Legendary punk rock band Bad Religion performed as bookends to the event, opening with the singing of the National Anthem and saying of the Pledge of Allegiance, in it's state prior to 1954 (see more), omitting the "under god" in the central phrase.  After all, this is the only way this group approves of the Pledge.  (And arguably they are correct.  "Under Allah" in the Pledge would be intolerable.)  The hour long concert at the end of the event solidified me as a fan.  Their music is fast, catchy, intelligent, and pushes the envelope (and has been for 30+ years).  Not your ordinary rockers, these guys have doctorate degrees.  The lead singer, Greg Graffin is a college professor and scientist.  I've enjoyed his book "Anarchy Evolution" very much.  (I read this initially as part of my rock star autobiography series of books.)

I've always been the guy who could fit in with any crowd.  I entered the University of Florida campus knowing not one person.  In junior high, we moved and I hopped on a bus leading to the inner city, again not knowing anyone.  I'm still the typical wall flower most of the time, but give me a group and I can fit in.  Of course nowadays some groups are more difficult to fit in with, and I'll let you decide which I may or may not be the most comfortable.

Soapbox time:  The one thing that left a bad taste for me from the Reason Rally was the conflicting message of wanting respect and the "offensive" nature of the entertainment.  What do I mean?  The entertainment was full of rated R language and off color humor.  One song titled "The Pope Song" repeats a particular four letter word referenced directly to the Pope.  All in good fun!  And without the threat of burning in hell for eternity, there is freedom in singing such a song.  I can see it especially for a reformed Catholic who had been hurt badly by the church.  At the same time, this type of language and humor I find at odds with the objective of, as a group, gaining respect from a largely religious country.  Respect us!  And we'll fill your ears with filthy language!  I just don't get it.

There was a family component to this event as well.  Of course, I wouldn't want my child there with this type of language and adult content.  At the end of the event, there was an award for children, granting them a scholarship to some freethinking type summer camp.  Within a few minutes of the award, while the band prepared for the concert, a comedian took the stage.  Course humor and language quickly ensued as be began his routine.  The kids were still exiting the stage.  I was embarrassed for their families.  There is a place for humor, and possibly a place for off-color humor.  I'm not convinced this helped the cause of the day.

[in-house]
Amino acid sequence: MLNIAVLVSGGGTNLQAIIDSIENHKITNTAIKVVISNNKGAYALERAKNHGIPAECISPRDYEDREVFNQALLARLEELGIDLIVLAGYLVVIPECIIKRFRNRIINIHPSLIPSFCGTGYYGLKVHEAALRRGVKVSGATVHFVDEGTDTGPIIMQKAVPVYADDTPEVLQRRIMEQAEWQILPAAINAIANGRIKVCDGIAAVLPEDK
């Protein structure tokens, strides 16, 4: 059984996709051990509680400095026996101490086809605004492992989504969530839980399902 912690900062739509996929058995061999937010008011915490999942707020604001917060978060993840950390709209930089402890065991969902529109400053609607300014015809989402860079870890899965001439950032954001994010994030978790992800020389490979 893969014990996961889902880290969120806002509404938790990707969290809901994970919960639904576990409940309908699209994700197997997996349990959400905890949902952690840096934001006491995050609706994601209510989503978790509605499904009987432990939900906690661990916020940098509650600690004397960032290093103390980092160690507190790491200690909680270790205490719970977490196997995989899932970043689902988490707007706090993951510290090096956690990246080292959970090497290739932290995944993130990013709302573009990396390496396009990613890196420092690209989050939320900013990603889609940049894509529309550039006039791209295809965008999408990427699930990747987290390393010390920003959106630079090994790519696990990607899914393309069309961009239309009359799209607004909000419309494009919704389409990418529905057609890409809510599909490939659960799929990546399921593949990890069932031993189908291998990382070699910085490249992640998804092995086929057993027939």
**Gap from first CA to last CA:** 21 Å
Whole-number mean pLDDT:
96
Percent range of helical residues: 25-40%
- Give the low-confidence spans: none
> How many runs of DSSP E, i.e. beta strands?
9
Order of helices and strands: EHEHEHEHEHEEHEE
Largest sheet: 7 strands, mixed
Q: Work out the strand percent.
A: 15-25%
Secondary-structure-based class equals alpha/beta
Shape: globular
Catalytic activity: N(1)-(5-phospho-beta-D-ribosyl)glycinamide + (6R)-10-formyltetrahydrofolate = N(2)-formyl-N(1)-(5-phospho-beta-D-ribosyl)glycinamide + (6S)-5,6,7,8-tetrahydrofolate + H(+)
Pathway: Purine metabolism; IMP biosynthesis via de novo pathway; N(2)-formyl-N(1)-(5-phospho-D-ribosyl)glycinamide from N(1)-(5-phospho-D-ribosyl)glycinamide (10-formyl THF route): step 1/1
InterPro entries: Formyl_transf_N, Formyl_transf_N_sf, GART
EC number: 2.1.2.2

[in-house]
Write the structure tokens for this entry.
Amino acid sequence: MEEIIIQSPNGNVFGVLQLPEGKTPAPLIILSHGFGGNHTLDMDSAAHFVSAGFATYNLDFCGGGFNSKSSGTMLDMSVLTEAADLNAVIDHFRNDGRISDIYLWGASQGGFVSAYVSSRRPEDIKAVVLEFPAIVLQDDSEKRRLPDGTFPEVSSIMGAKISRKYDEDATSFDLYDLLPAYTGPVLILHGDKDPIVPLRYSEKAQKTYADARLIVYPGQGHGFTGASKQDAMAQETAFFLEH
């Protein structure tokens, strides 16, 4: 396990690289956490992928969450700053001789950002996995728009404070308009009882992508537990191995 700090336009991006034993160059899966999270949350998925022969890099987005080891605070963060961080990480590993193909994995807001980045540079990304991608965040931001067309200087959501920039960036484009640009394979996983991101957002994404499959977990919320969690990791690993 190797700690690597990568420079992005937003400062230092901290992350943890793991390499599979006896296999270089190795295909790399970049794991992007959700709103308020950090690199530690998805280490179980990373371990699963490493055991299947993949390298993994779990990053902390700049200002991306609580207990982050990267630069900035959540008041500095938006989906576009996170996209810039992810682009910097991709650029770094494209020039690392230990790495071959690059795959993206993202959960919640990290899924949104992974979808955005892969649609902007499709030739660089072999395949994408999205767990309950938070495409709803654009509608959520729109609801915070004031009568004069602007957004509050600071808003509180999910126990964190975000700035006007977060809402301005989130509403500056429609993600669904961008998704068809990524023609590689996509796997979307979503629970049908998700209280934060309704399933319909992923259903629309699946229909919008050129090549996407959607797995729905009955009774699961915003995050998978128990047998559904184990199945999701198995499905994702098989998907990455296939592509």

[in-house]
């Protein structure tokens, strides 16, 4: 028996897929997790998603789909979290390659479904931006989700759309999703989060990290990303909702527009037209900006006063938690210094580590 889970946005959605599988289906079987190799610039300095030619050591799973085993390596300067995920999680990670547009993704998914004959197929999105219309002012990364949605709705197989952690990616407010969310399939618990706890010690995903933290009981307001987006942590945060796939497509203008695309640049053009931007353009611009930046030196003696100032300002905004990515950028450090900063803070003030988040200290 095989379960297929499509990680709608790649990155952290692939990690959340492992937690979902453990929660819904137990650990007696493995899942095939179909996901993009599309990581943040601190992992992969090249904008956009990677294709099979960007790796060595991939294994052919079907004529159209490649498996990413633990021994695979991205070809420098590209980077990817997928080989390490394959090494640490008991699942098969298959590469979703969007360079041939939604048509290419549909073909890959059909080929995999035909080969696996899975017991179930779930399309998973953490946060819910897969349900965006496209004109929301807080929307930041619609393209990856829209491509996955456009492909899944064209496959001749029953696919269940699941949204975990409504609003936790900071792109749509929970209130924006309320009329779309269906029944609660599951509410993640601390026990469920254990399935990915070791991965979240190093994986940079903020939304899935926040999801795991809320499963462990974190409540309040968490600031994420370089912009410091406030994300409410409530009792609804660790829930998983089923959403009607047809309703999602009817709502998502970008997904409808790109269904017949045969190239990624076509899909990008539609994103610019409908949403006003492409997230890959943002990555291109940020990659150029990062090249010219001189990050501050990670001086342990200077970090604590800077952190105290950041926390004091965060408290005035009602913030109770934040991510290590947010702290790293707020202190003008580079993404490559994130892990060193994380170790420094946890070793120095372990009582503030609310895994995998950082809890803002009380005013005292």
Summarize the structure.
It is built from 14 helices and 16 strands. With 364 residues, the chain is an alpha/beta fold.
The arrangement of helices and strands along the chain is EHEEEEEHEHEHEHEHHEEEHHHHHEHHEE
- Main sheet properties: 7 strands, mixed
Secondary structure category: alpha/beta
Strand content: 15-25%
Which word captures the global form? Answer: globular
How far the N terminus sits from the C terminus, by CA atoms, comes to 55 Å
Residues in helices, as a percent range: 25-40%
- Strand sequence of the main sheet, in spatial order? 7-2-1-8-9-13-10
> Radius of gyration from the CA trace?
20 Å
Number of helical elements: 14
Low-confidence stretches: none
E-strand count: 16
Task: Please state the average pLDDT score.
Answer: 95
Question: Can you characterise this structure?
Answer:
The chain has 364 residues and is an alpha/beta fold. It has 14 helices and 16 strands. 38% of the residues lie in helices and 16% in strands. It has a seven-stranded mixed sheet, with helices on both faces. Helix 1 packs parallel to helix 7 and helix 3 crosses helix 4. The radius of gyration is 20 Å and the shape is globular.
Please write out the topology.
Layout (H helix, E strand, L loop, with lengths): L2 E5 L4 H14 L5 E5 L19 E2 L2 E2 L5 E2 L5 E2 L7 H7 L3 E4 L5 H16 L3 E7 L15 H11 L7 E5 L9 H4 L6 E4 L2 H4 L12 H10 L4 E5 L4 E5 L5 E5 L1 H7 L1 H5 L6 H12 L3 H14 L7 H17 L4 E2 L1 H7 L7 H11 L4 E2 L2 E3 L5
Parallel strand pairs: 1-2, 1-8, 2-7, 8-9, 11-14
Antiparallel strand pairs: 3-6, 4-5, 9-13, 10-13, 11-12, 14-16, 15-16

Of course I had no part in the planning or execution of this event, and I don't know if I was the only one who found this dynamic at odds with the overall intent.  I hope I wasn't the only reasonable one in the crowd whom this bothered.

In life, while we may not be able to straddle the fence, I'm finding a way to stand with feet on both sides of the imaginary line.  That line often serves no more value than keeping communities separate....communities which could actually benefit from each other.

I realize this post has nothing to do with beer.  At the same time, I've found great community this past year among fellow beer geeks and brewers.  I'm more and more convinced that community is what you make it, and any group bonded by a common interest will support members in that community.  No man is an island...

Thanks for reading.
*In this photo Michael Shermer was videoing with his iPhone, soon to post on You Tube.  As an added bonus to this blog, that video can be seen here.  Do you see me?

No comments:

Post a Comment